by JANET McKENZIE
The sculptures and paintings of Vera Möller present fictional hybrids that represent the permutations that take place in an environment as a consequence of pollution, global warming, overfishing and tourism. Her engagement with the Great Barrier Reef Foundation reflects her commitment to environmental, scientific, political, ethical and philosophical issues that are inextricably connected. Coral bleaching on the Great Barrier Reef has prompted scientific activity on an international scale.
Born in Bremen, Germany, in 1955, Möller studied biology, microbiology and theology in Würzberg and Munich, before migrating to Australia in 1986. In Melbourne, she studied fine art at the Victorian College of the Arts and Monash University. Her rigorous art practice draws on her scientific studies, in which underwater photography occupies a key position. The sculptured works, and subsequent paintings, are prompted by the study of plant forms, but they are imbued with a haunting, animalistic character. Instead of collating and illustrating algae samples from Bavarian lakes, as was her practice in the 1980s, Möller creates new hybrid forms: surreal mutations of natural species. The invented “creatures” include coral forms, toadstools, cacti and succulent plant forms that are then carefully painted in spots and stripes. Her art practice is informed by her scientific study, but also by a love of gardening and the forensic observation of the coastline near to where she has recently moved, with her husband, the artist Philip Hunter, on the Bass Strait in Flinders, near Melbourne.
Möller is keen on fly-fishing, which she says is primarily concerned with observation, providing a rich supply of surface-patterning from nature: fish, birds, snakes, insects, sticks and other plant forms. Her most recent painting departs from the forensically rendered “creatures” and embraces the fluidity of the underwater environment with grace and visual poetry. Her surreal juxtaposition of elements, a reflection perhaps of the interface between aesthetics and science draws attention to the environmental crisis caused by pollution and also to issues surrounding genetic engineering.
I spoke to her at her home in Flinders.
Janet McKenzie: Can you describe the residency you had on Heron Island, off Gladstone in Queensland, with the Great Barrier Reef Foundation?
Vera Möller: During my microbiology studies in Munich in the early 80s, I specialised in limnology, the study of inland waters or freshwater ecology. With the development of my art practice in Australia, in early 2000, I turned my attention to the Great Barrier Reef as a subject. This 2,300km-long coral reef ecosystem is the largest living thing on Earth, and can be seen from outer space. It is extremely vulnerable and in the past 30 years has lost half its coral cover. Last year alone it experienced severe coral bleaching in the northern part, in about 30% of its mass. There are many factors to blame for the damage that continues to occur. Global warming and the effects of climate change are clearly a major factor, as are the increased severity of cyclone activity, deadly crown-of-thorns starfish outbreaks [when the density of starfish is such that they consume the coral tissue faster than the corals can grow], which are caused by pollution and rises in ocean acidity. Coastal development may also become a major threat.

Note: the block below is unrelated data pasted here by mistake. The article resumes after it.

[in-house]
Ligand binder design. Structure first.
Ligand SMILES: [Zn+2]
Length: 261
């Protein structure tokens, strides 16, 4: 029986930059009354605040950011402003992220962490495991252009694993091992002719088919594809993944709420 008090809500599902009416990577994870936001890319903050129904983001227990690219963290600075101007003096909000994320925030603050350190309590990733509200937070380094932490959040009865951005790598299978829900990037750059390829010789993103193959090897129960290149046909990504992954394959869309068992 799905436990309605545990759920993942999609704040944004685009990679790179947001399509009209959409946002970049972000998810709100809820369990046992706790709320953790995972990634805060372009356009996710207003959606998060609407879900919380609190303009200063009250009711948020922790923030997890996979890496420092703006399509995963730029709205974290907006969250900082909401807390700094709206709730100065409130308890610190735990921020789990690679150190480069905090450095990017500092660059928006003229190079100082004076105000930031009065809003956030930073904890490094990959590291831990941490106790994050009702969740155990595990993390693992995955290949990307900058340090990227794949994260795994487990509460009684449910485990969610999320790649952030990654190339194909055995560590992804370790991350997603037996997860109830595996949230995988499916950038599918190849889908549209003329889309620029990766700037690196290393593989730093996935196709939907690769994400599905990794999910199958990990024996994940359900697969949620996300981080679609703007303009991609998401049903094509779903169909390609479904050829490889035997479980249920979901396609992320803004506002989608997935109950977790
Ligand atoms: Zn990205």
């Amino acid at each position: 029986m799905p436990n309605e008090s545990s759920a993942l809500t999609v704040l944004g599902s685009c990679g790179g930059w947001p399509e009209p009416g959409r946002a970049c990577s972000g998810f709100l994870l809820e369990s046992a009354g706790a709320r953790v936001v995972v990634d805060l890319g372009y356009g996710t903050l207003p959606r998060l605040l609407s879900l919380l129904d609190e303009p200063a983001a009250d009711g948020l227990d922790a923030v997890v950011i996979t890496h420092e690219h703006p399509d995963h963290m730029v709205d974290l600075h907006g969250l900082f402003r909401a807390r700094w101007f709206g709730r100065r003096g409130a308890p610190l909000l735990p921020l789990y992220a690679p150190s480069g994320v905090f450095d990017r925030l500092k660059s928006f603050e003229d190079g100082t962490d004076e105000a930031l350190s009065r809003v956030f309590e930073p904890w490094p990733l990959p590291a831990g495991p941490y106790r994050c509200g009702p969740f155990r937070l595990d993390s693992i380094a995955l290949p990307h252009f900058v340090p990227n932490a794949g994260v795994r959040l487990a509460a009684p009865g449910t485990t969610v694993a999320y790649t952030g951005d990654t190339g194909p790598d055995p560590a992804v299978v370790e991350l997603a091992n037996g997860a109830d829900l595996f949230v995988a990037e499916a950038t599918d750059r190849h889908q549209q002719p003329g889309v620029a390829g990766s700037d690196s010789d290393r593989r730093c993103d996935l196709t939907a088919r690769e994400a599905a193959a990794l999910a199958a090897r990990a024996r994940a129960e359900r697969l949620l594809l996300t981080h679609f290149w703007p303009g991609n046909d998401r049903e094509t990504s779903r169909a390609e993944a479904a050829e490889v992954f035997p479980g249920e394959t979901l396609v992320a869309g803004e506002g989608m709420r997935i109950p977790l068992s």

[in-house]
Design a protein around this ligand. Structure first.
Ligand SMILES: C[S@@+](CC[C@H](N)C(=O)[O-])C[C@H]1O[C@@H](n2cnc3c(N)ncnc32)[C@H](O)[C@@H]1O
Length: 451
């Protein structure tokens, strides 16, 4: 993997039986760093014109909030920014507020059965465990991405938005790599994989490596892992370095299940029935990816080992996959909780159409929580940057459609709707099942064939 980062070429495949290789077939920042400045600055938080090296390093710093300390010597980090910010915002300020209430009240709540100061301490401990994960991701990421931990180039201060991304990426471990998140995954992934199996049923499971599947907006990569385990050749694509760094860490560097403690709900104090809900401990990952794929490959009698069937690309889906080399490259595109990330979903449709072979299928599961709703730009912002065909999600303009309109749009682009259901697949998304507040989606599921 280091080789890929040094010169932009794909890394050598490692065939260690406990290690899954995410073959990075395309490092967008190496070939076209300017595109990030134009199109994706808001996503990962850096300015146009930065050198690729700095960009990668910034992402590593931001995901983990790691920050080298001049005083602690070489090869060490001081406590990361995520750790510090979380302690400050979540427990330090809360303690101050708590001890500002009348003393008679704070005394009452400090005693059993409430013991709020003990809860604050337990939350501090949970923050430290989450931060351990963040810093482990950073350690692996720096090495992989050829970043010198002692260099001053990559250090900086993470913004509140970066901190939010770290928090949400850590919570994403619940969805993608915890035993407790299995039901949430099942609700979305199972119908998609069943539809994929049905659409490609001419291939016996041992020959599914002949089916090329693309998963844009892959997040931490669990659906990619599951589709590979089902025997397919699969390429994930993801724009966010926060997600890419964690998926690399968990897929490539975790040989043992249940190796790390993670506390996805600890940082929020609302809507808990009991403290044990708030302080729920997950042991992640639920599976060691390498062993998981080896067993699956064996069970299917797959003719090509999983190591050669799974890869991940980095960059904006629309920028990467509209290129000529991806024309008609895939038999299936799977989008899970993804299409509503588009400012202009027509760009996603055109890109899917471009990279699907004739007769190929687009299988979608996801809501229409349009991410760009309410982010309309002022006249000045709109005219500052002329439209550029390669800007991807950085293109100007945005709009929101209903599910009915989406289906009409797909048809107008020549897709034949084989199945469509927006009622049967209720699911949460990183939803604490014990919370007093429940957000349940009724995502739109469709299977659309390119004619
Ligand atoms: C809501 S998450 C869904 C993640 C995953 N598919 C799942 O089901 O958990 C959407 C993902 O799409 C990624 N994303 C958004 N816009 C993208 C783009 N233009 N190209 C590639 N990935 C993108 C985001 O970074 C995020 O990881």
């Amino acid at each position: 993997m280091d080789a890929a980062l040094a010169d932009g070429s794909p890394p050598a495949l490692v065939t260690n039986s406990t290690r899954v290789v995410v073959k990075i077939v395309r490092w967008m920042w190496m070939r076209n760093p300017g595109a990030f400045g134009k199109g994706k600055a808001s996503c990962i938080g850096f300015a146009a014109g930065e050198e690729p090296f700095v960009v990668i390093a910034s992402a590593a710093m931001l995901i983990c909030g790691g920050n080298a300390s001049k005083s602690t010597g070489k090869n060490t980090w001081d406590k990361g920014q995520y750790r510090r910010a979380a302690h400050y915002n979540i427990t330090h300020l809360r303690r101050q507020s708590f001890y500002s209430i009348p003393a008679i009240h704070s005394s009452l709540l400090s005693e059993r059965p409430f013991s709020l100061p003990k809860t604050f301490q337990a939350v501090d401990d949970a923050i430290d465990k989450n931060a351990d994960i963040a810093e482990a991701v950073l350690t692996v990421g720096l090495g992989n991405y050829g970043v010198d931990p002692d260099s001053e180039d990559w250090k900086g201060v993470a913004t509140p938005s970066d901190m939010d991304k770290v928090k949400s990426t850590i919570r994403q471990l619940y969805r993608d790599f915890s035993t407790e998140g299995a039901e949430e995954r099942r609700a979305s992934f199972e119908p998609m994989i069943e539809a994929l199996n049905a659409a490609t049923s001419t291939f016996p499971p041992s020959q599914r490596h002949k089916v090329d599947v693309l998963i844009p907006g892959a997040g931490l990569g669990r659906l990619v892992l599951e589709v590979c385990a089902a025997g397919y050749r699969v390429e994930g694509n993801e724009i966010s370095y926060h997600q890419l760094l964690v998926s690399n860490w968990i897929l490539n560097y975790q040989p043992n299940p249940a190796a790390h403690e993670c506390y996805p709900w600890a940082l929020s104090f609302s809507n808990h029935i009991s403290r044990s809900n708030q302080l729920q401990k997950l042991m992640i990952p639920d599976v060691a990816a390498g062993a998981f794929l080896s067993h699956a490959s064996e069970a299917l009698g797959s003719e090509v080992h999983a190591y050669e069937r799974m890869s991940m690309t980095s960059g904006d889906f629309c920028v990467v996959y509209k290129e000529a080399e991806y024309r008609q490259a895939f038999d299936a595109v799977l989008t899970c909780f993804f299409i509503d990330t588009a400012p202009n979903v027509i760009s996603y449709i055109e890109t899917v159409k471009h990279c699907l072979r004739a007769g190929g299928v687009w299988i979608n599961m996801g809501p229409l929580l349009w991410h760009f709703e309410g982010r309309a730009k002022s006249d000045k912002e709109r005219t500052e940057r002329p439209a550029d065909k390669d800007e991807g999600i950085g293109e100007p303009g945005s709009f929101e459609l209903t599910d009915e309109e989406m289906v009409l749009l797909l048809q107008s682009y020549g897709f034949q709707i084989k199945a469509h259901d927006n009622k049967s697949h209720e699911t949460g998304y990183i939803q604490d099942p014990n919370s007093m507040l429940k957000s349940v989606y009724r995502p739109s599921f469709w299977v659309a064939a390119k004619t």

After being introduced to the GBR Foundation in 2005 during a fundraising campaign, I developed a close relationship with it. The foundation raises significant funds for research that focuses on supporting the resilience of the reef. It commissioned me to develop a sculpture to mark its annual research prize awarded to reef research scientists. In addition, I continue to support this “Bommies Award” [a bommy is a submerged offshore reef] through gifting a hand-coloured, editioned print of an imaginary coral specimen every year, one that was specifically commissioned by the foundation. In 2013, the foundation offered me the rare opportunity to be the artist-in-residence on Heron Island, at the Research Station of the University of Queensland. During the time spent on the island, I was able to observe some of the research conducted at the station. In addition, I gave a lecture about my work as an artist.
At night, I could watch giant female green turtles arrive to lay their eggs on the beach and listen to the tens of thousands of black noddy ternsterns, wedge-tailed shearwater (muttonbirds) and eastern reef egrets during their breeding season. You had to wear earplugs to be able to sleep. I did a lot of snorkelling around the fringing reef and was able to observe fantastic coral formations, colourful fish and other amazing species, sometimes disquietingly close to the circling reef sharks. Apart from learning so much about the reef and its inhabitants, I also worked on an underwater project. It was based on speculations about future mutations, in this case fictional species of marine invertebrates. This work formed part an ongoing cycle of projects, which had its origins in the Kings Wood Forest near Canterbury, Kent, in the UK, in 2009. I continued with versions staged in the sub-alpine heathlands of Skullbone Plains, Tasmanian Central Plateau (2013) and then Heron Island. Since then I have worked at Cape Schanck, close by, on Victoria’s Bass Strait coast, and currently on Mushroom Reef marine reserve, a basalt reef at Flinders, 300 metres from home.
In preparation for the underwater project on Heron, I had prepared miniature-sized sculptural objects in the studio. They had the appearance of imaginary marine specimens, fictional hybrids. Biologists on Heron described them as imaginary mutations of marine invertebrates. I set up “submarine scenes” by placing these very small sculptures in among the corals of the reef and elsewhere. I photographed them as species that either have not been discovered yet, or species that might have existed in the past. The aim was to invert display strategies familiar from domestic or large-scale public aquariums. Instead of flamboyantly coloured marine flatworms or a nudibranch placed in the artificial setting of an aquarium display, an inanimate object had been installed in a living environment. The resulting photographs do not exclusively focus the viewer’s gaze on the objects, but reveal small details of the setting, minutiae that normally evade observation. This continues to be an important purpose of these projects.